Suehiro Maruo, Usamaru Furuya, Junko Mizuno, Kanako Inuki, Toru Terada
At once ornament and offering, the lotus is a flower both spiritual – as a symbol of the Buddha, for instance – and philosophical, in that it is rhizomatic. In the lotus cause and effect appear simultaneously: the seed and the flower. Even stranger than the water lily – another aquatic flower, which floats serenely on ponds, lakes and backwaters – the lotus, driven by some singular aspiration, rises and flowers above still waters, drawing its energy from the silt and mud that in Asia represent inner disturbance, the passions and suffering, and transforming them into exquisite, ineffable beauty.
From sludge to sublimity, then. In this case the principle of conversion and transmutation being the art of the Manga 1 the art of «freely drawn» or «whimsical» images.
The Manga we know today is as much a child of the Japanese artistic tradition as of the trauma of the War and the atom bomb. Its first master was Tezuka and its first hero Astroboy, a robot-child created by a scientist rendered inconsolable by the loss of his son. Astroboy’s begetter went on to construct the girl robot Uran (short for Uranium) and a second boy, Cobalt (another metal used for making atomic bombs): these were machine children endowed with superpowers, destined to save humanity and bearing the same names as the radioactive substances that devastated Hiroshima and Nagasaki…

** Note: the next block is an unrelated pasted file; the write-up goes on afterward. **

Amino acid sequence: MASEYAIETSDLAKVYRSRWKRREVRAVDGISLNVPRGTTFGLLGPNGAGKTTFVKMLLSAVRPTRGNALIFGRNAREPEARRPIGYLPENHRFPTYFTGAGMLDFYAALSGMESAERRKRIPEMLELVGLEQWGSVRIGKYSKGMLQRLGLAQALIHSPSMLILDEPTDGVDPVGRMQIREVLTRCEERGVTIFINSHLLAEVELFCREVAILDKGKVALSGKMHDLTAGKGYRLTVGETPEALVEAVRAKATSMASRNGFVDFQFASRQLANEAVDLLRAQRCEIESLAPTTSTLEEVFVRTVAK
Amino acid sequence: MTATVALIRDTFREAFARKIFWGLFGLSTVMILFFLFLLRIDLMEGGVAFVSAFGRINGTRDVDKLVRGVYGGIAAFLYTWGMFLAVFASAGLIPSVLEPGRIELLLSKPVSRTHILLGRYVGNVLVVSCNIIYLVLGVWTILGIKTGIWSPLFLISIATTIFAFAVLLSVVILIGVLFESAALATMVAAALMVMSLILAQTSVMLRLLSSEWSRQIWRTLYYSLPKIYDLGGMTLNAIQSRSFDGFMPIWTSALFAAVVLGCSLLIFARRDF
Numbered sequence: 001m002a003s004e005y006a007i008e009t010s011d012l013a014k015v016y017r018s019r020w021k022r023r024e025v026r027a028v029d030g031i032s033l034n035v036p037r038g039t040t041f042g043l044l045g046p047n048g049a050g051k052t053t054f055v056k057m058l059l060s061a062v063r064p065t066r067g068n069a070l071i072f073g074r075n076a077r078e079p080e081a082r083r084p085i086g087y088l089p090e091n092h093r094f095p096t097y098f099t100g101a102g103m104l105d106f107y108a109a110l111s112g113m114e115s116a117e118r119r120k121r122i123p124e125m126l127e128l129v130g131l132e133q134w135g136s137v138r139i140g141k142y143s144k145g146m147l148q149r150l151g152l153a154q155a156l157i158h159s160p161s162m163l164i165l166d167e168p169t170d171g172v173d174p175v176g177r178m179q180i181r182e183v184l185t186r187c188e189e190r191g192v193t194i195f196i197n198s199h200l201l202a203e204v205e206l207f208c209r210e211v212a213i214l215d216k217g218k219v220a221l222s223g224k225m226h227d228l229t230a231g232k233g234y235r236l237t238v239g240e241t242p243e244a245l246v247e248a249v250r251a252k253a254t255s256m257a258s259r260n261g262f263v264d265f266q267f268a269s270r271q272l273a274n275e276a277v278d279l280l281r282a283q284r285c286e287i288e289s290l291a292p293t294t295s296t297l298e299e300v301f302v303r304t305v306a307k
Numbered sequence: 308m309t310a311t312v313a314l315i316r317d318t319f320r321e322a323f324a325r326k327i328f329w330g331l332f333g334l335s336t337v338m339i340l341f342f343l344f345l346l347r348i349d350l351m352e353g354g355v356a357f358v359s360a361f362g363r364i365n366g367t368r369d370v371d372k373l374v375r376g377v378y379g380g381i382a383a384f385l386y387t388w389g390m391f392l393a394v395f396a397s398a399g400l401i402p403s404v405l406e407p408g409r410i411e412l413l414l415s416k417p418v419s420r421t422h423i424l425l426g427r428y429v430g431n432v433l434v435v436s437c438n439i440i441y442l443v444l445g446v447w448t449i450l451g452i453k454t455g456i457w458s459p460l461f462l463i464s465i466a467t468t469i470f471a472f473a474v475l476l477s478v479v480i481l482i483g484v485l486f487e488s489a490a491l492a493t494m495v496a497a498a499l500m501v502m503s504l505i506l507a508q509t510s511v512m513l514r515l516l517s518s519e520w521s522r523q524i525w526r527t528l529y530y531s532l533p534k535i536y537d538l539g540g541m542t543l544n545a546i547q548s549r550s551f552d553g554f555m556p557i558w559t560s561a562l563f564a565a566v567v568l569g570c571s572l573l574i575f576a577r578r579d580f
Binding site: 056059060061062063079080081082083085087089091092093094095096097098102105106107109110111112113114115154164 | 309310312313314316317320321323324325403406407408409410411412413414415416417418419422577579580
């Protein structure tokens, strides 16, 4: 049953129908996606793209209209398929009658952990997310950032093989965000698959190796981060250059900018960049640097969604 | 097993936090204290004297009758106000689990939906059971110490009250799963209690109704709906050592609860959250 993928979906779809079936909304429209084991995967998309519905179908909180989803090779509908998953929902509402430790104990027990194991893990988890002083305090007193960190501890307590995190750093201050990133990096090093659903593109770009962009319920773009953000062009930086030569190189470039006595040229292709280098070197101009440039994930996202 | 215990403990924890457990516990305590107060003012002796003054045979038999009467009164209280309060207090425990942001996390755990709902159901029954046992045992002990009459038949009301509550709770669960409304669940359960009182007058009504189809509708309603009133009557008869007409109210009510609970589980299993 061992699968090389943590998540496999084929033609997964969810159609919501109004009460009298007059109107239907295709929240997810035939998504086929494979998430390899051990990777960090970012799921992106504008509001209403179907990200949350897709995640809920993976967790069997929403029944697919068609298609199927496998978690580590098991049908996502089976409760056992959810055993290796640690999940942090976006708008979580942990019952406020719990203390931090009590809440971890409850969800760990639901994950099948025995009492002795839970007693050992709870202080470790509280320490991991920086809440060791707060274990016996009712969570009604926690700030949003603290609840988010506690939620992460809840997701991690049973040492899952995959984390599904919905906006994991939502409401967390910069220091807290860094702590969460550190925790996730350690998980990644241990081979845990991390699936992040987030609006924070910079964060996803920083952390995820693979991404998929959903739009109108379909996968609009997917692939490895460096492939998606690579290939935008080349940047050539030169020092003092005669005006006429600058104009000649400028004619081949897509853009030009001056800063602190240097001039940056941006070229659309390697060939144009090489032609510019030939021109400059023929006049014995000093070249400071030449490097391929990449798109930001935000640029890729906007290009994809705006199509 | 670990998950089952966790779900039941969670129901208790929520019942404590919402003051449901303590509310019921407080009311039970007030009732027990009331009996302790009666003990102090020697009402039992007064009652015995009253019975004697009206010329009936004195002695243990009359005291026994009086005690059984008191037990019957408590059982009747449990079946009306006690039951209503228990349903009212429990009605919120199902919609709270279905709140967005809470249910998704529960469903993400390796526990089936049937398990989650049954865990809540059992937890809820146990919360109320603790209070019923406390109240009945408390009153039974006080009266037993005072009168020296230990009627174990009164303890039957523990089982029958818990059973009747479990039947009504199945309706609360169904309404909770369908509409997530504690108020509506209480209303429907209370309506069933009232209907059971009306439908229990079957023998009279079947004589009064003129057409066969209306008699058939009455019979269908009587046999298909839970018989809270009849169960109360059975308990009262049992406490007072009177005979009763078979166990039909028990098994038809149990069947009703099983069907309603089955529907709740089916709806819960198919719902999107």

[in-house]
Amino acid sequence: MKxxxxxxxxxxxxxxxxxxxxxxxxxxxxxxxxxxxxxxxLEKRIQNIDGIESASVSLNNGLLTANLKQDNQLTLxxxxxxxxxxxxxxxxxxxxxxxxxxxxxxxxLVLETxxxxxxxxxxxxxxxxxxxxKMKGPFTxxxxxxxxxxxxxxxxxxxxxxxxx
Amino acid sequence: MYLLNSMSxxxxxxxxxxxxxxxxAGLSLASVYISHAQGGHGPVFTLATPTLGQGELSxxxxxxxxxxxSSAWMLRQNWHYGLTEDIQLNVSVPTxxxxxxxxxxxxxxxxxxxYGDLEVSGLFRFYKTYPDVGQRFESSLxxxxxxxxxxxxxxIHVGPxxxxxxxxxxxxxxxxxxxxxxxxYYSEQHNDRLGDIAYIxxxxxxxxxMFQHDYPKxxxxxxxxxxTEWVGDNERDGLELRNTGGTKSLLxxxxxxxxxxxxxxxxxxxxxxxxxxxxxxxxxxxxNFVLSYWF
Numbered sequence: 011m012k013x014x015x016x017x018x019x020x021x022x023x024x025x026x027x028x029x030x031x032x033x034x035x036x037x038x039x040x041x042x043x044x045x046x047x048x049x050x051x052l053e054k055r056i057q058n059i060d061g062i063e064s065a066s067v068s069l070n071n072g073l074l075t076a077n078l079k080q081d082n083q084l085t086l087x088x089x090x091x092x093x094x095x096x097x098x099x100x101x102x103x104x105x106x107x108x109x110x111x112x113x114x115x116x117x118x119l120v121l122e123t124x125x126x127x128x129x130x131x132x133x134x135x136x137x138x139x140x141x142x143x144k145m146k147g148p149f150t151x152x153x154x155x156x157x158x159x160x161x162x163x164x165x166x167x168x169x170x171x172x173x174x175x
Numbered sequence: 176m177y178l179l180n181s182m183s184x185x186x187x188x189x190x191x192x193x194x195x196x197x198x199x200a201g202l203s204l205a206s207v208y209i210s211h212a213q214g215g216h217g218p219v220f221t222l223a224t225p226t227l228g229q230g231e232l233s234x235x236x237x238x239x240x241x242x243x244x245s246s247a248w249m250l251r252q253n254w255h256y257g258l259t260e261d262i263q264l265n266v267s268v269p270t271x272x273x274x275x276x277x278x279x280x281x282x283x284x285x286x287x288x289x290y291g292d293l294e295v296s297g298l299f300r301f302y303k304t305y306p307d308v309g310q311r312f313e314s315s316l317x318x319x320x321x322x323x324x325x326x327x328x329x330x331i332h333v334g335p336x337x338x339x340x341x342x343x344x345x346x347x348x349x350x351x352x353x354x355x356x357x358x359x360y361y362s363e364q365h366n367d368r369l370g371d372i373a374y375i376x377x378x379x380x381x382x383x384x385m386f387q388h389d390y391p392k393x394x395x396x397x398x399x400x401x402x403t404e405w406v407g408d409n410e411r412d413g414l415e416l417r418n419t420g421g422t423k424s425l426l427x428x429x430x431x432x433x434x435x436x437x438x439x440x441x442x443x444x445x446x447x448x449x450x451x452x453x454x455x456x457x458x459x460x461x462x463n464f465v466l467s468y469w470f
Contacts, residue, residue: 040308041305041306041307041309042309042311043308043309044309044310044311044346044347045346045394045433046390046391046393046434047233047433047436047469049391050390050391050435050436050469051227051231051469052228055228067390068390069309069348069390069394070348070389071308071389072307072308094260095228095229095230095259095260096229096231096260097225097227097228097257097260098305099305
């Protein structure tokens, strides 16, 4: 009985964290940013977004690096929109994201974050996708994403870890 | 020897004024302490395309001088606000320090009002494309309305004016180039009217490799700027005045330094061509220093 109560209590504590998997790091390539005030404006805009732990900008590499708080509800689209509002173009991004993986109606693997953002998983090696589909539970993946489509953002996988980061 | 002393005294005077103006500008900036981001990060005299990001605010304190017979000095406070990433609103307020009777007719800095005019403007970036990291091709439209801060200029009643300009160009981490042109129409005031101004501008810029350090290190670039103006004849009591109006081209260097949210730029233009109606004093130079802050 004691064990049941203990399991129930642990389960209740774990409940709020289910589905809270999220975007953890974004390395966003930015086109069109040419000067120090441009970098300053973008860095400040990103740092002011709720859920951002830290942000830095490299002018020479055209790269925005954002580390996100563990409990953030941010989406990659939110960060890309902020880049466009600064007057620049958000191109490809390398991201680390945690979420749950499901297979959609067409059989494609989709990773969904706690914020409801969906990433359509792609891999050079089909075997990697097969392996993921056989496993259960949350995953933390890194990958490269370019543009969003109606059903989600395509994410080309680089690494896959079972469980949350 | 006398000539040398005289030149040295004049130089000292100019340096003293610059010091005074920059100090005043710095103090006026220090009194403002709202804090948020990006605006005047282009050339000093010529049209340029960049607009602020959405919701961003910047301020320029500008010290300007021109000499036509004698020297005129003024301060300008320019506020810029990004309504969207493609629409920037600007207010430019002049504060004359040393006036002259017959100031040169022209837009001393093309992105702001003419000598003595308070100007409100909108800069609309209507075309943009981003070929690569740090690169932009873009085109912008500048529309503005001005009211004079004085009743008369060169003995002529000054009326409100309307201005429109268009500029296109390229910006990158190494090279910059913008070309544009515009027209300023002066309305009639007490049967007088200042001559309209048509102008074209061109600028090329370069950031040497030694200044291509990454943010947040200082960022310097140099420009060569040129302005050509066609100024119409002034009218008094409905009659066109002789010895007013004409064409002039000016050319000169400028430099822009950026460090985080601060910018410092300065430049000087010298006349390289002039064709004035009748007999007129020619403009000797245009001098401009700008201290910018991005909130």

Unique in our time, Manga has become a culture, a world and an industry whose stories and characters appear in the print media, films, video games and tie-ins. It also represents a resource pool many contemporary artists have no qualms about exploiting.
The feudal world, science-fiction and everyday life, cyborgs, magical creatures and perfectly ordinary characters, animal impulses, kitsch heroism and sentimentality: beyond the conventional codes of the types of Manga targeting specific readerships – Shounen for boys, Shoujo for girls, Seinen for adults – there also exist unclassifiable experimental books hinging more on deep experience than on mere entertainment. Whether Manga’s critics like it or not, these books are «dangerous» in that they represent a host of thresholds, doorways and channels leading to visionary, nightmarish, grotesque worlds whose common characteristic seems to be the absorption of those who look into them.
Yoshikazu Ebisu, Usamaru Furuya, Kanako Inuki, Suehiro Maruo, Junko Mizuno and Toru Terada: it is to these dedicated practitioners of the draughtsman’s art that this exhibition is devoted.
1. The word Manga dates from the 18th century and became an everyday term with the publication of the Hokusai Manga, books of prints by the celebrated Japanese artist Hokusai (1760–1849). The modern version made its appearance in the 20th century, notably after World War Two, and since then the word has come to mean any kind of comic.